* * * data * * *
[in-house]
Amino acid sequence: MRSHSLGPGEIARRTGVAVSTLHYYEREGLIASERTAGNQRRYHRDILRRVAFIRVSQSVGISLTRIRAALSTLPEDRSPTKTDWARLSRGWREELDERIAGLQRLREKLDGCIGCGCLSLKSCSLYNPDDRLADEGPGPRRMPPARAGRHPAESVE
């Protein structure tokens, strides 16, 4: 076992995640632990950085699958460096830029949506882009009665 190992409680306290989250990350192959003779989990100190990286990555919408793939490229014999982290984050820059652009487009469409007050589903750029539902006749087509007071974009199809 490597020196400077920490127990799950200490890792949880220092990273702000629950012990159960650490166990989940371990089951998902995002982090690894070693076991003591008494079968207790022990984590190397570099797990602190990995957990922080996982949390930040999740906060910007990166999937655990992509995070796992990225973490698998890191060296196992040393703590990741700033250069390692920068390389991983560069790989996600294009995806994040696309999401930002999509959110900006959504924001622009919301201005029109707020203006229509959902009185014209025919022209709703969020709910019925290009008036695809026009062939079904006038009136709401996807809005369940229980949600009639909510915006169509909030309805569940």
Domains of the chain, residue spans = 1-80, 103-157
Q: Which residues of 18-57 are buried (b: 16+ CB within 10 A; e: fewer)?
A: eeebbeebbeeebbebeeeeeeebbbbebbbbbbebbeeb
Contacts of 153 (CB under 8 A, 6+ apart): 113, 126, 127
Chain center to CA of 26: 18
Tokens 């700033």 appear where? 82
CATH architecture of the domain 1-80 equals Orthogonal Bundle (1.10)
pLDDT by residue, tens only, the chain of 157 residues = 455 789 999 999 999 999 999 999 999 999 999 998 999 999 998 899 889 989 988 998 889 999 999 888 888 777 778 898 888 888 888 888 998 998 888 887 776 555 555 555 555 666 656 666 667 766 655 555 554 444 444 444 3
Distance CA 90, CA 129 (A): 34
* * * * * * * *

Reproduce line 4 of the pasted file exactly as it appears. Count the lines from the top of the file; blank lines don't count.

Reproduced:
Domains of the chain, residue spans = 1-80, 103-157